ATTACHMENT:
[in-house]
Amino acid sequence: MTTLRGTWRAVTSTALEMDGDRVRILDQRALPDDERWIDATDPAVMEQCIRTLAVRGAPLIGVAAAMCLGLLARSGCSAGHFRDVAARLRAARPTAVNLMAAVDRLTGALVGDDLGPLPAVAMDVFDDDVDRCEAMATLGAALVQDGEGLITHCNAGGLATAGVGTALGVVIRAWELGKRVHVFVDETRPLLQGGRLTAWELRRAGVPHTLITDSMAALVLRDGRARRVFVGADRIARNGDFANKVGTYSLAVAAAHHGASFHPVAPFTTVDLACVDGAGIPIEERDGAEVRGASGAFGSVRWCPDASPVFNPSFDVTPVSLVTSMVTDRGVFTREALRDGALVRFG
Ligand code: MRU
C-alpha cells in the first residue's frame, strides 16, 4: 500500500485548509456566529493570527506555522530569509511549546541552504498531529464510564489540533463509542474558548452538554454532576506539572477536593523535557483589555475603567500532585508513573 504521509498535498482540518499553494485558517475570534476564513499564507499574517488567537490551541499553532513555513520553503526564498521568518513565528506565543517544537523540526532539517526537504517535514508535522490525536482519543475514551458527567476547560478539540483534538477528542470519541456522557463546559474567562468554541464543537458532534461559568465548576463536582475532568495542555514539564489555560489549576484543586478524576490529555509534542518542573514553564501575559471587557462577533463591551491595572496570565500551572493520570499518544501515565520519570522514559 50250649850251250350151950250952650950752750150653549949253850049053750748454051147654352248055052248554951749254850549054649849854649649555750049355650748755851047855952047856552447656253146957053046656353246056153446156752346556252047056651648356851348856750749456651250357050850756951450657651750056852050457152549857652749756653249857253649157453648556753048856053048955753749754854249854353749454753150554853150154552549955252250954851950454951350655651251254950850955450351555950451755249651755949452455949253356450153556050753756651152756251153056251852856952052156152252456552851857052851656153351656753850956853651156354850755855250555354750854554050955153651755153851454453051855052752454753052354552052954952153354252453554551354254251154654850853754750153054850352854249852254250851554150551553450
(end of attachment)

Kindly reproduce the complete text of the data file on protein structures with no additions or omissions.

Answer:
[in-house]
Amino acid sequence: MTTLRGTWRAVTSTALEMDGDRVRILDQRALPDDERWIDATDPAVMEQCIRTLAVRGAPLIGVAAAMCLGLLARSGCSAGHFRDVAARLRAARPTAVNLMAAVDRLTGALVGDDLGPLPAVAMDVFDDDVDRCEAMATLGAALVQDGEGLITHCNAGGLATAGVGTALGVVIRAWELGKRVHVFVDETRPLLQGGRLTAWELRRAGVPHTLITDSMAALVLRDGRARRVFVGADRIARNGDFANKVGTYSLAVAAAHHGASFHPVAPFTTVDLACVDGAGIPIEERDGAEVRGASGAFGSVRWCPDASPVFNPSFDVTPVSLVTSMVTDRGVFTREALRDGALVRFG
Ligand code: MRU
C-alpha cells in the first residue's frame, strides 16, 4: 500500500485548509456566529493570527506555522530569509511549546541552504498531529464510564489540533463509542474558548452538554454532576506539572477536593523535557483589555475603567500532585508513573 504521509498535498482540518499553494485558517475570534476564513499564507499574517488567537490551541499553532513555513520553503526564498521568518513565528506565543517544537523540526532539517526537504517535514508535522490525536482519543475514551458527567476547560478539540483534538477528542470519541456522557463546559474567562468554541464543537458532534461559568465548576463536582475532568495542555514539564489555560489549576484543586478524576490529555509534542518542573514553564501575559471587557462577533463591551491595572496570565500551572493520570499518544501515565520519570522514559 50250649850251250350151950250952650950752750150653549949253850049053750748454051147654352248055052248554951749254850549054649849854649649555750049355650748755851047855952047856552447656253146957053046656353246056153446156752346556252047056651648356851348856750749456651250357050850756951450657651750056852050457152549857652749756653249857253649157453648556753048856053048955753749754854249854353749454753150554853150154552549955252250954851950454951350655651251254950850955450351555950451755249651755949452455949253356450153556050753756651152756251153056251852856952052156152252456552851857052851656153351656753850956853651156354850755855250555354750854554050955153651755153851454453051855052752454753052354552052954952153354252453554551354254251154654850853754750153054850352854249852254250851554150551553450